Open Access in Europe

As the International Week of OA approaches, MyScienceWork takes you on a unique journey to discover OA policies all over the world. Next stop: European Union !

(Want to learn more about Open Access in US & Latin America?)

Horizon 2020 : The biggest EU Research and Innovation project

“Knowledge is the currency of the new economy.” This sentence marks the beginning of a document released by the European Commission in 2012, articulating the role of OA in the creation of a European “single market of knowledge, research and innovation.” In another communication (2,3),from the same year, the European Commission recommended that each EU member state define its own politics of OA in order to achieve 60% of OA in 2016 and 100% in 2020, with embargo periods restricted to 6 months for science and technology and 12 months for social sciences and humanities.

The main initiative in the EU promoting OA is called Horizon 2020, a 80 billion euro investment in research and innovation available over 7 years (2014-2020) . It requires that a research publication be OA as a condition for funding, with an embargo period of 6 months. Horizon 2020 considers both Gold and Green OA as valid models to achieve OA. Even in the case of Gold OA, the European program strongly encourages the deposit on public repositories, such as Zenodo*, to ensure a long-term preservation of the articles.

Behind these decisions is a clear goal: to facilitate the transfer of knowledge and innovation from laboratories to the industry. This is the key to foster innovation in the industry, boost the economy, generate growth, and secure Europe’s competitiveness on global markets.

OA policies in the member states : Gold vs Green

The EU member states have a certain freedom to define their own OA policies. In the UK, Germany,  or the Netherlands where academic publishing is an important industry (Elsevier, Springer, Nature…), the governments are negotiating with publishers to move towards immediate open access after publication. These countries of Northern Europe have thus allocated additional budget to sustain the transition towards a Gold OA model.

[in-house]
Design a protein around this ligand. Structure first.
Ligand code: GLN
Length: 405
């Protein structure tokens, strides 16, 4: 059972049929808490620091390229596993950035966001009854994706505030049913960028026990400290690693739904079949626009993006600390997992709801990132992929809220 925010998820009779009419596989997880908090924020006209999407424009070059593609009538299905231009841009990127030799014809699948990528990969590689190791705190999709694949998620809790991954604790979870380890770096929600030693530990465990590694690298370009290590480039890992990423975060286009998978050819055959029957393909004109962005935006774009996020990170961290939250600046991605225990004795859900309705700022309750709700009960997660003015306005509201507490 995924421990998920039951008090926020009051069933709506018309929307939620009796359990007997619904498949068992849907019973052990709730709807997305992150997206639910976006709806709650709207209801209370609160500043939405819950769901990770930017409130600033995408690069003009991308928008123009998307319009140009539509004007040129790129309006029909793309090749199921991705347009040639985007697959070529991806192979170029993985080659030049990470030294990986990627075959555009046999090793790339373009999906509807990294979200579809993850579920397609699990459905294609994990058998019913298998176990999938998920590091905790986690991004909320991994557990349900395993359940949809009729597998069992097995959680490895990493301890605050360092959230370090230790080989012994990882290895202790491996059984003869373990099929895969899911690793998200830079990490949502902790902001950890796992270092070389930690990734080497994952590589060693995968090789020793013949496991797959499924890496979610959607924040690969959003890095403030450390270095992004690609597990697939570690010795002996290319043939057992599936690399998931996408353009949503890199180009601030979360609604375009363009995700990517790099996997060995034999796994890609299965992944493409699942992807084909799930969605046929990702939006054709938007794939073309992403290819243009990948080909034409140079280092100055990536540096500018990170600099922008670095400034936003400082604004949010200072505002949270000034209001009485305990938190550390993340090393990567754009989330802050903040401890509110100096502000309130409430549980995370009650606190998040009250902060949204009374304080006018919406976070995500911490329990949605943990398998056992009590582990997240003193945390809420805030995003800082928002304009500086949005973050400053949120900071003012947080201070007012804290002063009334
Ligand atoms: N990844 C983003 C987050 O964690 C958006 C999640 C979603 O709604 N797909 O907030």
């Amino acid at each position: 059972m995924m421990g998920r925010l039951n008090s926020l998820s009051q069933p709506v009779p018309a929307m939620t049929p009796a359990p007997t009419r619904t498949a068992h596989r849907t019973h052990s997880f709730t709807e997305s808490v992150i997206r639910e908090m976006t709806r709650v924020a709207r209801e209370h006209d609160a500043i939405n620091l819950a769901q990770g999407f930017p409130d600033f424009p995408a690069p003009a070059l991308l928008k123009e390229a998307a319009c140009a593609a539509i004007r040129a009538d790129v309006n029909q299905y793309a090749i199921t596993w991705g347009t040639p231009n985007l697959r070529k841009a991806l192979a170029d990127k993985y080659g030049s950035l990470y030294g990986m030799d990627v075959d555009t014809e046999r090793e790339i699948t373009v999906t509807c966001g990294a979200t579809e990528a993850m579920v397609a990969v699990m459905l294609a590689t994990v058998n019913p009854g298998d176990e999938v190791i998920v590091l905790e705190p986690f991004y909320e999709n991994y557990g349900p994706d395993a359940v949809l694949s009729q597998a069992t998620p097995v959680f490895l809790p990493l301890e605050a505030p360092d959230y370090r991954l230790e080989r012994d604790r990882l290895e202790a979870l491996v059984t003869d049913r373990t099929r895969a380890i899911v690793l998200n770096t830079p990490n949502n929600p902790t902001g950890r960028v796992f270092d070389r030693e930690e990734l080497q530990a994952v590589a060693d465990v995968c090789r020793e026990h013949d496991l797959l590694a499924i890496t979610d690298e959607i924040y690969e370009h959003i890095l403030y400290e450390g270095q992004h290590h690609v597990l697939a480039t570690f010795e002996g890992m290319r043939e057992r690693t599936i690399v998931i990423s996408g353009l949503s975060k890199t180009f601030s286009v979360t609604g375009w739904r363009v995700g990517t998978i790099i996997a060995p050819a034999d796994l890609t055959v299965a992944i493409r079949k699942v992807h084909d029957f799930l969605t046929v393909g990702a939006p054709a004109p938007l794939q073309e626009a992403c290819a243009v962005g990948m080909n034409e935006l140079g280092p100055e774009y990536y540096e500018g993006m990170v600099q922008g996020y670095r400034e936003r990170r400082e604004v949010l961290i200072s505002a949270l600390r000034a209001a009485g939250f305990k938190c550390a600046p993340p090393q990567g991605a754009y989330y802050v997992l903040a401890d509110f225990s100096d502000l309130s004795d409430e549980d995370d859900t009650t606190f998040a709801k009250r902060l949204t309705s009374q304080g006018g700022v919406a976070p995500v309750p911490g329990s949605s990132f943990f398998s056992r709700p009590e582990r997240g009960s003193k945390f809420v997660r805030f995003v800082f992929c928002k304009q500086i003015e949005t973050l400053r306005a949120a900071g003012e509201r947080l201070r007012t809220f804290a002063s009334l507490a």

By contrast, the South of Europe (Italy, Spain) favors Green OA models and do not allocate extra research funds or offer variations in the embargo period durations.

In France, many funding agencies such as ANR (National Agency for Research) encourage OA, but nothing is mandatory yet. The majority of French research institutes and universities signed a convention in 2013 promoting the use of open archives, such as the HAL platform (Hyper Articles en Ligne) developed by the CNRS (French National Centre for Scientific Research). Moreover, by article 30 of the law entitled “For a numeric republic,” researchers can negotiate their publication’s right to OA with publishers as soon as at least 50% of their work is financed by public funds.

Towards Open Science in EU ?

Horizon 2020 is a milestone in the road to OA in the EU. It could also be seen as the start of a wider conversation about Open Science, and its evolution in the next decade which will raise new challenges for its effective development in the member states. It will also raise questions about the impact of Open Science on public policy and scientific diplomacy, inside and outside the frontiers of the EU.

* Zenodo is a research data repository, freely accessible online, created by CERN (European Organization for Nuclear Research) and OpenAIRE (Open Access Infrastructure for Research in Europe)

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